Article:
The proposed reforms are being developed - and supported – by the overwhelmingly majority of Venezuelans through widespread community consultation. This has yet again infuriated the increasingly isolated right-wing opposition, to the degree that central leaders of the opposition, some of whom who were involved in the 2002 coup against President Hugo Chavez, have recently been seen with key figures in the US administration, including former director of national security director Paul Wolfowitz and Madeleine Albright. The opposition are calling their current efforts to destabilise Venezuela through violent protests and other actions “the ultimate battle” (La Ultima Batalla).

The AVSN pledged at its founding conference to also act as an Emergency Response Network to defend the Venezuelan people’s right to sovereignty and democracy free from violent and illegal internal or international destabilisation. Given the current developments, the AVSN strongly restates the call of Venezuela’s Charge d’Affaires in Australia, Nelson Davila, that we all to remain well informed and vigilant as the international media campaign against Venezuela intensifies.

We encourage all Australian supporters of Venezuela’s democratic revolution to:

* keep informed about developments around the Constitution reform process by regularly visiting and;

* add your name to solidarity statement at:;

* help to counter the lies by forwarding this email throughout your networks, and sending letters to the editor of your local papers about the real nature of the proposed Constitutional reforms (a “model” letter to the editor is available at; and

* help promote and attend the solidarity activities (public meetings, film screenings and protest actions) being organised in various cities around the time of the Constitutional referendum on December 2

AVSN members and supporters are urged to be pro-active in defence of the Venezuelan revolution at this vital stage in its consolidation, which if successful will strengthen the missions and participatory democracy as foundations for Venezuela’s Socialism of the 21st Century.

During November and December, a number of activists will be participating in the 7th AVSN solidarity brigade in Venezuela, observing the democratic process as Venezuelan’s cast their vote for the future. Reports from the brigadistas will also be posted at If you are interested in joining the next brigade to Venezuela - scheduled for May Day 2008 – please contact us at

On behalf of the people of Venezuela, thank you for your solidarity at this important time.

Further background information:
Media manipulation

What really happened on UCV?

Venezuela accuses US of being behind student violence

Video footage of violent student protests

Conspiracy for new coup at Venezuela?

On the OTHER "Wombat Trail"

The Wombats have been extraordinarily busy of late (specially for such a rather activity-shy marsupial), and apologise for not having been for forthright in our coverage of world events. Some of us have been moving burrows, while others are ensconced in the cut and thrust of getting socialism out into the Australian Federal Election campaign (both in the major cities, and, via outlying Socialist Alliance members, into the great, dusty elsewhere of rural Australia).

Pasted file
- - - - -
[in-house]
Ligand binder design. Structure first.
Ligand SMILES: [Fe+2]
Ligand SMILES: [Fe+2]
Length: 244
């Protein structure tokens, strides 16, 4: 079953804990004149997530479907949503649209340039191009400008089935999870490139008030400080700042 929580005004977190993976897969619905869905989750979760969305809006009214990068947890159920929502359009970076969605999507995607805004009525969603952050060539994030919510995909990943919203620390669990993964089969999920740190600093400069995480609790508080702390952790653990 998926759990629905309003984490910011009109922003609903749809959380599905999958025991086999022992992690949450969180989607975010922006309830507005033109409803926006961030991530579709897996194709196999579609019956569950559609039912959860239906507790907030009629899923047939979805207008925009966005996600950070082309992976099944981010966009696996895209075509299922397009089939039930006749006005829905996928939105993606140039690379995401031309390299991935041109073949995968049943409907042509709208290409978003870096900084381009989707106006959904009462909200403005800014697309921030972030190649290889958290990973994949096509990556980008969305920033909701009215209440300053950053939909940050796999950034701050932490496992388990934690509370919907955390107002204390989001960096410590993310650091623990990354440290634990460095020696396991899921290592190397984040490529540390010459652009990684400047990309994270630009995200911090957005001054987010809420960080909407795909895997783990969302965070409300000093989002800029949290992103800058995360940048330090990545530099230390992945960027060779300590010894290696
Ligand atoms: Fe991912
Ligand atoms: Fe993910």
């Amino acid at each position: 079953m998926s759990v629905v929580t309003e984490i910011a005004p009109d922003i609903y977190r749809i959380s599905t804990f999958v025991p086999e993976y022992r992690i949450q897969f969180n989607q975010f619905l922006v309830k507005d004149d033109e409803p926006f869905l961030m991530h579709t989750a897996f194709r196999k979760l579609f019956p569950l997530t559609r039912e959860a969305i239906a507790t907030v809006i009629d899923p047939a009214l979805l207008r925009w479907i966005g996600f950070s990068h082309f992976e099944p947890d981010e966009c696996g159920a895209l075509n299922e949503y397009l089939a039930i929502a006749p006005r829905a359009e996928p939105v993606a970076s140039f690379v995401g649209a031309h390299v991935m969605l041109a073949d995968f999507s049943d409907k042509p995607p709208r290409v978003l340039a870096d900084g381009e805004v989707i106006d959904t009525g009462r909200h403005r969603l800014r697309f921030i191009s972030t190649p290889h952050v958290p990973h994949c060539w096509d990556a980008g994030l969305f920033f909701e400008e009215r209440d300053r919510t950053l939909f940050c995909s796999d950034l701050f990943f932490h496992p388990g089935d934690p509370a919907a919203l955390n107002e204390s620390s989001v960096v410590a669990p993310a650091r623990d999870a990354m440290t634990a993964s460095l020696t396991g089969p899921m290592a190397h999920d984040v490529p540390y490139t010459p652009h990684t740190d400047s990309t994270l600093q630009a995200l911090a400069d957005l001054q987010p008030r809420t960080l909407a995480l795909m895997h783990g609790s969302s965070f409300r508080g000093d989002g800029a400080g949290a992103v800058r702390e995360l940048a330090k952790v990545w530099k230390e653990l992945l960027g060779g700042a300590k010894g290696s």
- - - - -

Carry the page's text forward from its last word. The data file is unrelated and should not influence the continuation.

More detailed updates and posts will follow in a few days, but for the moment, here are a few important stories to get our heads around:

Pakistan: Perhaps the most serious ongoing struggle at the moment is that unfolding in Pakistan. LeftClickBlog is keeping a solid flow of info up, especially from Farooq Tariq, General Secretary of the Labour Party of Pakistan, who has been underground now for almost two weeks, narrowly missing arrest time and again.

Things are getting very dangerous there and they Pakistani comrades need financial help, so they are launching an international appeal. Please send donations to the Labour Party Pakistan via the
Peoples Power Fighting Fund:
Commonwealth Bank BSB number: 062026.
Account number: 1006 0743.
This will be one of the collecting points around the world.

Respect splits: After arguing X in Scotland, and now arguing not-X in England the SWP has helped split the RESPECT Party, losing many of their long-term activists (particularly unionists) and perhaps the last shred of their credibility, along the way. Without going into the gory details, the Wombats suggest that the best coverage of this can be found on MacUaid's blog and the Socialist Unity blog. Scottish Socialist Party convenor, Colin Fox, has also weighed in with a letter to Socialist Worker pointing out the irony of SWP arguments and "analysis".

And November 2007 has got a top strike rating so far with Germany (the biggest rail strike ever that is threatening to continue until Christmas), France (and even bigger rail strike, but nothing new there - perhaps), and Hollywood (the script writers are revolting - although this time in a good way) all being brought to a standstill. Even Taiwan got in on the action, as did South Africa. This is to say nothing of England, Finland, Northern Ireland, and of course down in the hot-bed of Australian dissent, Victoria.

The election? We'll leave that until later... except for THIS - The SEP, the tiny sect-let made up of local dozen contributers to the WSWS, are giving (one third of) their preferences in this election to.... THE COALITION! Couldn't have thought of a better way of turning people off socialism if I'd tried.